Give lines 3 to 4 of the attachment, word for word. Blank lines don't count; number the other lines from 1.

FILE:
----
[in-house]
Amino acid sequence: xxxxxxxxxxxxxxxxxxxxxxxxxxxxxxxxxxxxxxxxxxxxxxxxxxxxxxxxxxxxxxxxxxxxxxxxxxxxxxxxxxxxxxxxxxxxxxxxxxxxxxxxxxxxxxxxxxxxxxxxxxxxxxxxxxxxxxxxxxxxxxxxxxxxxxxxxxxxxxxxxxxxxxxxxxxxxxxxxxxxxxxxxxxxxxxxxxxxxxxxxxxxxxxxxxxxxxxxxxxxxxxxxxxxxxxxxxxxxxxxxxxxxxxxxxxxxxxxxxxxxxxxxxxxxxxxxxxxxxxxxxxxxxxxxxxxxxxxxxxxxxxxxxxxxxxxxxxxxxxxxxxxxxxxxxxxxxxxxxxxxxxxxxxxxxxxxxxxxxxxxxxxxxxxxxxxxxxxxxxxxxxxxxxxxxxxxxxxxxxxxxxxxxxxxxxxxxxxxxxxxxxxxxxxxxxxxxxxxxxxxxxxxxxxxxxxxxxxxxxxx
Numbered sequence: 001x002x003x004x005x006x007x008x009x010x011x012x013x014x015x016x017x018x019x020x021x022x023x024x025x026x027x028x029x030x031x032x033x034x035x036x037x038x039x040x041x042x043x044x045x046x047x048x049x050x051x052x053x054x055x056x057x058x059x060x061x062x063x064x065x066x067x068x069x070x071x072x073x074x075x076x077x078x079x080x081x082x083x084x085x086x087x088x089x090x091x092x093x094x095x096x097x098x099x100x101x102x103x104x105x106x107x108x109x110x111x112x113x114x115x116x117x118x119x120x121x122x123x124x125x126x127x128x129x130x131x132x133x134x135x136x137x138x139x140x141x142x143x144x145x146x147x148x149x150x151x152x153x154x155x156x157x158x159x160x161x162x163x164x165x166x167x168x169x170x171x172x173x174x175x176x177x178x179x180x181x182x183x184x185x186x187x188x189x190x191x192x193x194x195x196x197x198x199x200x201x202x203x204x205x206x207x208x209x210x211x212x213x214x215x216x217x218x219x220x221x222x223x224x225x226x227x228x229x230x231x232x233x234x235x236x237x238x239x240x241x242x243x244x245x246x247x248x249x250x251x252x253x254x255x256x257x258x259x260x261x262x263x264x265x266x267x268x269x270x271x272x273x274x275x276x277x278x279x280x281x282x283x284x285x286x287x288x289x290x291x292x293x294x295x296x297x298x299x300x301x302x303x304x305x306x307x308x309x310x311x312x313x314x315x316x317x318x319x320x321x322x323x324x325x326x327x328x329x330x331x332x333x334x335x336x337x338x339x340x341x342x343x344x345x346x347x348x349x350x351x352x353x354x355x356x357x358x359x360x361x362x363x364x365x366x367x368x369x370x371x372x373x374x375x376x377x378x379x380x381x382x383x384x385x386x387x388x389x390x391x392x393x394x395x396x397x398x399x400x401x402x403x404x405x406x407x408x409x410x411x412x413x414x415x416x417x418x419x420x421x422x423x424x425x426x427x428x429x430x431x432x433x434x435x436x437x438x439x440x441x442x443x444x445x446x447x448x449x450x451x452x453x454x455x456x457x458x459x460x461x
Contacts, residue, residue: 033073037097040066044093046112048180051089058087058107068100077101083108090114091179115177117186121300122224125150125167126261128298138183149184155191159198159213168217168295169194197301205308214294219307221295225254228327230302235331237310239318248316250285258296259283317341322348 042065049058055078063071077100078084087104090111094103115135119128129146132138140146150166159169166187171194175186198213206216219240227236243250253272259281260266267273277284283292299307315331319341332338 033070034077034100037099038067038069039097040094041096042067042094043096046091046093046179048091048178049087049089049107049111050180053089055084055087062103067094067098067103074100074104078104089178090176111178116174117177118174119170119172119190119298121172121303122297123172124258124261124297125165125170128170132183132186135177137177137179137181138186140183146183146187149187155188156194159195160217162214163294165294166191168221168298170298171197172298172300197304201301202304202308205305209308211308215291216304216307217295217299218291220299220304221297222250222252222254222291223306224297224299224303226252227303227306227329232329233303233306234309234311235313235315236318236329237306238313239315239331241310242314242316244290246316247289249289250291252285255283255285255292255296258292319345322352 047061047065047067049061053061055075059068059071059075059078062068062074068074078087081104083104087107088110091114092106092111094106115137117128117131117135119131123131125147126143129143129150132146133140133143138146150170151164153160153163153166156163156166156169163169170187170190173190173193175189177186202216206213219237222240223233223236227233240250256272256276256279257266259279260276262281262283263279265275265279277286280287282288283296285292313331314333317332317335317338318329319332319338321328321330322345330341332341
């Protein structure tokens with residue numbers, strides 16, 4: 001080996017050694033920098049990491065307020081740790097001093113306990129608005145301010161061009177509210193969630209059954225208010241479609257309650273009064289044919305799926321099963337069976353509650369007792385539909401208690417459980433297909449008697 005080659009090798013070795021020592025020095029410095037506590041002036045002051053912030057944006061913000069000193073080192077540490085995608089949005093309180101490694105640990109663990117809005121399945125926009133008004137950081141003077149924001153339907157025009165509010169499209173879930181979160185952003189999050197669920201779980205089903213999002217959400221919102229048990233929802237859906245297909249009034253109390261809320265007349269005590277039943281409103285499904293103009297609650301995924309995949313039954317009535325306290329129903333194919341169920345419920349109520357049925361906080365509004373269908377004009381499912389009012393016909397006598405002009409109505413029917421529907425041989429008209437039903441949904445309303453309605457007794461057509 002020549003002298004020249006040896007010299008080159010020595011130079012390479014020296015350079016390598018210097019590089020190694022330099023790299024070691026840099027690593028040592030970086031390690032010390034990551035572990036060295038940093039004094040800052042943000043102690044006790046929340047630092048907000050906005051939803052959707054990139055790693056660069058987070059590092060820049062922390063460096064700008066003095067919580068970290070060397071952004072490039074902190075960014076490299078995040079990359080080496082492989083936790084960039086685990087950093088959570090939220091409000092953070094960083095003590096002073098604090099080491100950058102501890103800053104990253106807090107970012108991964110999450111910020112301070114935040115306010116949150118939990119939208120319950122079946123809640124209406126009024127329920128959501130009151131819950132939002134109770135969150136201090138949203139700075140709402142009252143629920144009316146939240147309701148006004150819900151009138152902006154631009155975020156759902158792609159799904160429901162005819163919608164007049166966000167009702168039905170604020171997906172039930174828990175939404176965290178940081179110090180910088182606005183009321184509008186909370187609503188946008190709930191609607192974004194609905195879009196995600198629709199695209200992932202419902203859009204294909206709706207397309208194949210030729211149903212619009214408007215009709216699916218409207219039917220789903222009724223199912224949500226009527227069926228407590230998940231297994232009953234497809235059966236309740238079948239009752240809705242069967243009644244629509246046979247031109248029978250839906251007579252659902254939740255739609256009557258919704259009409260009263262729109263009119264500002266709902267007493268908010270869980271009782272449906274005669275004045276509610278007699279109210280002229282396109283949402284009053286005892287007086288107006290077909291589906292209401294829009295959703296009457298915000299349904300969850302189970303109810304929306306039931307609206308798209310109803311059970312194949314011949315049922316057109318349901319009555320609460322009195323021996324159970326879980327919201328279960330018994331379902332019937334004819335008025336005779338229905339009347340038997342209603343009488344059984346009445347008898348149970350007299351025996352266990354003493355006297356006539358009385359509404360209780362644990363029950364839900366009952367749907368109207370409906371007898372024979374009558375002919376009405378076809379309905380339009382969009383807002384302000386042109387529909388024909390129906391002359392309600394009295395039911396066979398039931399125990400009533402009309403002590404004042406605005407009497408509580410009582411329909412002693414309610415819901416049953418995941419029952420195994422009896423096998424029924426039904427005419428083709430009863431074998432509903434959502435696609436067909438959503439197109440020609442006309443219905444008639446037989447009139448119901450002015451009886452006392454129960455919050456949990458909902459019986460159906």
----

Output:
Numbered sequence: 001x002x003x004x005x006x007x008x009x010x011x012x013x014x015x016x017x018x019x020x021x022x023x024x025x026x027x028x029x030x031x032x033x034x035x036x037x038x039x040x041x042x043x044x045x046x047x048x049x050x051x052x053x054x055x056x057x058x059x060x061x062x063x064x065x066x067x068x069x070x071x072x073x074x075x076x077x078x079x080x081x082x083x084x085x086x087x088x089x090x091x092x093x094x095x096x097x098x099x100x101x102x103x104x105x106x107x108x109x110x111x112x113x114x115x116x117x118x119x120x121x122x123x124x125x126x127x128x129x130x131x132x133x134x135x136x137x138x139x140x141x142x143x144x145x146x147x148x149x150x151x152x153x154x155x156x157x158x159x160x161x162x163x164x165x166x167x168x169x170x171x172x173x174x175x176x177x178x179x180x181x182x183x184x185x186x187x188x189x190x191x192x193x194x195x196x197x198x199x200x201x202x203x204x205x206x207x208x209x210x211x212x213x214x215x216x217x218x219x220x221x222x223x224x225x226x227x228x229x230x231x232x233x234x235x236x237x238x239x240x241x242x243x244x245x246x247x248x249x250x251x252x253x254x255x256x257x258x259x260x261x262x263x264x265x266x267x268x269x270x271x272x273x274x275x276x277x278x279x280x281x282x283x284x285x286x287x288x289x290x291x292x293x294x295x296x297x298x299x300x301x302x303x304x305x306x307x308x309x310x311x312x313x314x315x316x317x318x319x320x321x322x323x324x325x326x327x328x329x330x331x332x333x334x335x336x337x338x339x340x341x342x343x344x345x346x347x348x349x350x351x352x353x354x355x356x357x358x359x360x361x362x363x364x365x366x367x368x369x370x371x372x373x374x375x376x377x378x379x380x381x382x383x384x385x386x387x388x389x390x391x392x393x394x395x396x397x398x399x400x401x402x403x404x405x406x407x408x409x410x411x412x413x414x415x416x417x418x419x420x421x422x423x424x425x426x427x428x429x430x431x432x433x434x435x436x437x438x439x440x441x442x443x444x445x446x447x448x449x450x451x452x453x454x455x456x457x458x459x460x461x
Contacts, residue, residue: 033073037097040066044093046112048180051089058087058107068100077101083108090114091179115177117186121300122224125150125167126261128298138183149184155191159198159213168217168295169194197301205308214294219307221295225254228327230302235331237310239318248316250285258296259283317341322348 042065049058055078063071077100078084087104090111094103115135119128129146132138140146150166159169166187171194175186198213206216219240227236243250253272259281260266267273277284283292299307315331319341332338 033070034077034100037099038067038069039097040094041096042067042094043096046091046093046179048091048178049087049089049107049111050180053089055084055087062103067094067098067103074100074104078104089178090176111178116174117177118174119170119172119190119298121172121303122297123172124258124261124297125165125170128170132183132186135177137177137179137181138186140183146183146187149187155188156194159195160217162214163294165294166191168221168298170298171197172298172300197304201301202304202308205305209308211308215291216304216307217295217299218291220299220304221297222250222252222254222291223306224297224299224303226252227303227306227329232329233303233306234309234311235313235315236318236329237306238313239315239331241310242314242316244290246316247289249289250291252285255283255285255292255296258292319345322352 047061047065047067049061053061055075059068059071059075059078062068062074068074078087081104083104087107088110091114092106092111094106115137117128117131117135119131123131125147126143129143129150132146133140133143138146150170151164153160153163153166156163156166156169163169170187170190173190173193175189177186202216206213219237222240223233223236227233240250256272256276256279257266259279260276262281262283263279265275265279277286280287282288283296285292313331314333317332317335317338318329319332319338321328321330322345330341332341